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Policy update

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22 July 2016

Policy update

As our Policy Team continues to advocate for young people with high care needs we’ve been focusing on influencing housing, health and disability policy throughout the country.

The National Injury Insurance Scheme (NIIS) was introduced in Queensland from 1 July 2016, which means our home state is now in line with the rest of the country offering a no fault insurance scheme that will cover a person’s lifetime care and support needs if they are catastrophically injured in a car accident. As a member of the NIIS Queensland Stakeholder group, Youngcare will assist in operationalising the scheme which includes developing processes and procedures, identifying solutions to issues, drafting guidelines and reviewing the first six months of operation.

We also lodged a submission to the Queensland Government Department of Housing and Public Works’ consultation paper ‘Working Together for Better Housing’ to promote the benefits of relevant and appropriate supported housing for young people with high care needs and their families.

Figures show that in Queensland there are currently 1,340 young people under the age of 65, living in aged care and hundreds of thousands of young people are being cared for at home by family and friends, often with limited support. As these people mature and the capacity for aging family carers to deliver that care decreases, the risk of being moved into aged care becomes more of a reality.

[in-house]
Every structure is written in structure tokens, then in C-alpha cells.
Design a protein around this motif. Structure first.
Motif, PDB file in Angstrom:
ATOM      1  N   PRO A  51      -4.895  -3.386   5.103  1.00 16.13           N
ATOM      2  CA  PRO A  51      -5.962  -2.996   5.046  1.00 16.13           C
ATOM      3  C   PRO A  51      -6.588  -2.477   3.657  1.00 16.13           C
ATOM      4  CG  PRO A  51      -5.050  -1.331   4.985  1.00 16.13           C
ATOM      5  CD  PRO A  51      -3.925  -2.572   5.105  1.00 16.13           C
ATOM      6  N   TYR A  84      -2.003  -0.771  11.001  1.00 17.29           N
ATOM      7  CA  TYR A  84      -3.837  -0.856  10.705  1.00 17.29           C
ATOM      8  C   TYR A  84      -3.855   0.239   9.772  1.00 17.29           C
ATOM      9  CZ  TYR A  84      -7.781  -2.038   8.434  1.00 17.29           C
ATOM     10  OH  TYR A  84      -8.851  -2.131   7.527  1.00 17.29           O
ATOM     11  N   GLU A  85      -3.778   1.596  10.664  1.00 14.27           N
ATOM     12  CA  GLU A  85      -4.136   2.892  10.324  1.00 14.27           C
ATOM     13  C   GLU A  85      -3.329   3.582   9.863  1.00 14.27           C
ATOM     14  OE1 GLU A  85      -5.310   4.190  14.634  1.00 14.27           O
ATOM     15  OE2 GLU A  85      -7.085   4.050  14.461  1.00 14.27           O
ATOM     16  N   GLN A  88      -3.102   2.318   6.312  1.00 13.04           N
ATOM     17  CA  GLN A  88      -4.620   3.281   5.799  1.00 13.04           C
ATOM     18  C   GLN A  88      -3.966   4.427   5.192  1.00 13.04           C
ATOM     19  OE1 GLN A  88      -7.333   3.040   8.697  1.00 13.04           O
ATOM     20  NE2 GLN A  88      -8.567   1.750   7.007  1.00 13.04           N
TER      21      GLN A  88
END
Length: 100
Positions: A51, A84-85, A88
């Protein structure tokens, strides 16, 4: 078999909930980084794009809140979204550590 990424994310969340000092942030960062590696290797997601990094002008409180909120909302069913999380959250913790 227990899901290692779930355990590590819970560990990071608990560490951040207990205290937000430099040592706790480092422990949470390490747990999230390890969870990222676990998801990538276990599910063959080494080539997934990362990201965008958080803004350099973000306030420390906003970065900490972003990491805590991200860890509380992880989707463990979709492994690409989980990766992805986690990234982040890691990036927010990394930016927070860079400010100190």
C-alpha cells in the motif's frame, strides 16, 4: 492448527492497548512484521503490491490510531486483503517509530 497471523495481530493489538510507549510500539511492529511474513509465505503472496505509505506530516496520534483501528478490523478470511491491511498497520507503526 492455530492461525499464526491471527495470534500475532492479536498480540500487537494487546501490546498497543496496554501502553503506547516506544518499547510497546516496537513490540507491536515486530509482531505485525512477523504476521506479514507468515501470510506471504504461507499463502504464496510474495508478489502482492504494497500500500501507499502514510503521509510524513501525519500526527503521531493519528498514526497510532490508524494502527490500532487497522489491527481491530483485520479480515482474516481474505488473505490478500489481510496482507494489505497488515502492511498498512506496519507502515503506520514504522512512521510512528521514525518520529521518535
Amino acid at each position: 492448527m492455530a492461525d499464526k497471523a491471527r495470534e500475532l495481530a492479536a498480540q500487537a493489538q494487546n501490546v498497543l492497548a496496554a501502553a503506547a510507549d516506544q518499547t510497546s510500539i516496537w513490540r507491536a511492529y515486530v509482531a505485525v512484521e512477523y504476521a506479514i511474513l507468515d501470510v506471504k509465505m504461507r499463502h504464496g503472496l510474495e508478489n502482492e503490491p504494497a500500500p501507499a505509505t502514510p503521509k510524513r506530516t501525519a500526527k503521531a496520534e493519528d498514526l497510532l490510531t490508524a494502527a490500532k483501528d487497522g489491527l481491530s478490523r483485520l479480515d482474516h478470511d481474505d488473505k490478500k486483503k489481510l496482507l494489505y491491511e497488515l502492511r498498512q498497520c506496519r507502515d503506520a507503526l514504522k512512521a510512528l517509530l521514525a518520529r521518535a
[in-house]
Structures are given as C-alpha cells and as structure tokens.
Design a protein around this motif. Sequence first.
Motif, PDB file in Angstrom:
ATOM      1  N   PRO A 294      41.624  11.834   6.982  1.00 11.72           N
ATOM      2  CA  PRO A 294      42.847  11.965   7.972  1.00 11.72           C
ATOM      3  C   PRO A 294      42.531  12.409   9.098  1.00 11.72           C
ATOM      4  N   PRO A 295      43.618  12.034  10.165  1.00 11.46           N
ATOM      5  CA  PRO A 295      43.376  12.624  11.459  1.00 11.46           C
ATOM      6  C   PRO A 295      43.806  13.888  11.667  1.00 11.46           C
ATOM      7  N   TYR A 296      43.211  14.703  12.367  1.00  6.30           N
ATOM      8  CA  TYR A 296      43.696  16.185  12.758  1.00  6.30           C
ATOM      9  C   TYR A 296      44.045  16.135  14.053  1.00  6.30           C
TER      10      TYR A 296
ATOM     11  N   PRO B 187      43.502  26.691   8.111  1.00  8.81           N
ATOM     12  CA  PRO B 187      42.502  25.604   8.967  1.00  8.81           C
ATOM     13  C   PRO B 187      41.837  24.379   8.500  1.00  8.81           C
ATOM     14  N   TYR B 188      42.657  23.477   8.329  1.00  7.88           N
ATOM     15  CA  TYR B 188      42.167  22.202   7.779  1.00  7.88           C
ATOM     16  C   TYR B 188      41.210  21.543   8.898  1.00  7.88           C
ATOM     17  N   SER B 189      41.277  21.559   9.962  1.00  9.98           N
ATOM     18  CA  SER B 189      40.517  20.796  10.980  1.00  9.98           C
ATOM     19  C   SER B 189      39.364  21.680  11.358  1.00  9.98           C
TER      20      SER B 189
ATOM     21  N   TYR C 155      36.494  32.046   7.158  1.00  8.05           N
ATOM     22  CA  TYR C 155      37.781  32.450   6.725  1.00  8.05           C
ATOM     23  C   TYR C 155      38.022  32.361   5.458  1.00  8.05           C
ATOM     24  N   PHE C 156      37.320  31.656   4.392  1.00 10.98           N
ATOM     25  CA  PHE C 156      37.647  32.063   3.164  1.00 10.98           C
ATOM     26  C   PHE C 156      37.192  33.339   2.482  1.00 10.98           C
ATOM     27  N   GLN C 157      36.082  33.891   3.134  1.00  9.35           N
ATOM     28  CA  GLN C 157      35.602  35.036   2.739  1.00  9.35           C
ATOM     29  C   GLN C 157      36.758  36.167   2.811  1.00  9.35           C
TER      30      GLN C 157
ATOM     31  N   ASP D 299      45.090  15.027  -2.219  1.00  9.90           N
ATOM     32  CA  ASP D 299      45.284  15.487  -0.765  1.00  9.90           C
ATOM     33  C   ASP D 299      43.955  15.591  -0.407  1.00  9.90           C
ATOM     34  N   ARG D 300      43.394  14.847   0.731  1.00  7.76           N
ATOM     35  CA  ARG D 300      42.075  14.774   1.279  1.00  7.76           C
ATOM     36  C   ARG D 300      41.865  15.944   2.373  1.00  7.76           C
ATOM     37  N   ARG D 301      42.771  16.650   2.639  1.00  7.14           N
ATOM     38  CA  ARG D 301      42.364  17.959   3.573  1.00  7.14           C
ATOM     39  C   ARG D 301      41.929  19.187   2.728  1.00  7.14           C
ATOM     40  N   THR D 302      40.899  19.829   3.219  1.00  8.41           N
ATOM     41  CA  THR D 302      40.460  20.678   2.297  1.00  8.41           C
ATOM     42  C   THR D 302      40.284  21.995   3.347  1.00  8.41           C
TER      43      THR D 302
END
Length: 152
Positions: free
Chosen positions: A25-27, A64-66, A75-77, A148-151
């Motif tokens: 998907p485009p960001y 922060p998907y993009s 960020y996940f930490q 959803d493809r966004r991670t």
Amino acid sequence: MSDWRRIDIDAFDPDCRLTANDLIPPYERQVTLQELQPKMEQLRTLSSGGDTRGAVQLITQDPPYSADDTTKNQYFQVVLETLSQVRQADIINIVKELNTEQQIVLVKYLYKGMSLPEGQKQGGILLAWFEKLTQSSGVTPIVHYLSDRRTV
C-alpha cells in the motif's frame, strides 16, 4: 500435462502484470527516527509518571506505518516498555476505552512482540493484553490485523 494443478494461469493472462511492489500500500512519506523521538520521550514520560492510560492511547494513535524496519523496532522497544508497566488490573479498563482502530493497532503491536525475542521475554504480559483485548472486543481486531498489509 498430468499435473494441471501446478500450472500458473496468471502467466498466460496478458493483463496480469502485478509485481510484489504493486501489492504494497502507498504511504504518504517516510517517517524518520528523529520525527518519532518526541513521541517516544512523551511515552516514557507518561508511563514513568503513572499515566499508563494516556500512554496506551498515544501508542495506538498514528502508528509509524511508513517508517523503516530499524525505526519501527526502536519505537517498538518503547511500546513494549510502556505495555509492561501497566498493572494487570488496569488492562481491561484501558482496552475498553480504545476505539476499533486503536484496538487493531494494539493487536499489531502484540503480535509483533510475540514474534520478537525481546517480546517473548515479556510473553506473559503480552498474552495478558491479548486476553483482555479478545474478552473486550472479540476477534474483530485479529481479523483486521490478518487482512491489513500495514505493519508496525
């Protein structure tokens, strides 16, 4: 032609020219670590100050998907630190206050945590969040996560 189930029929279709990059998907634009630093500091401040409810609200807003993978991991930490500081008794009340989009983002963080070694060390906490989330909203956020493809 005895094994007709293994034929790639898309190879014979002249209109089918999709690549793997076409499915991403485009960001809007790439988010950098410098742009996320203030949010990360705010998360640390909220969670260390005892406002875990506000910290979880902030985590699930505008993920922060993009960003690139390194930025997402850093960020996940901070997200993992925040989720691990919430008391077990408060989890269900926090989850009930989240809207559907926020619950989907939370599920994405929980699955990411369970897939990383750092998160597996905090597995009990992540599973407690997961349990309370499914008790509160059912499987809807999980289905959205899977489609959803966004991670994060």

Our national information and referral service, Youngcare Connect is receiving more and more calls from people in crisis, ageing parents, and families with a young loved one with a new diagnosis or acquired injury, facing little or no prospect of accessing funding through the current State funded disability system. These people are frequently being told that the only option they have is to consider placing their young loved one into aged care.

The volume of unmet supported housing need across Queensland is immense and requires the delivery of an enormous number of well-designed and appropriate new housing products in a very short period of time in order to adequately address the issue.

Youngcare continues to demonstrate the benefits of relevant and appropriate supported housing to young people with high care needs, their families, and ultimately to the Queensland community on a project-by-project basis.

What does suitable supported housing look like:

  • Wide range of housing model options to cater for the large variety of preferences and requirements of young people with high care needs
  • Integration of supported housing with mainstream housing to ensure increased community engagement and higher quality of life
  • Co-location for increased cost efficiency and quality of care support

Youngcare’s Design Philosophy Summary is now on our website. This short report gives an insight into Youngcare’s views and philosophy on housing design for people with high care needs.

To read the full report visit: www.youngcare.com.au/our-work/resources-publications

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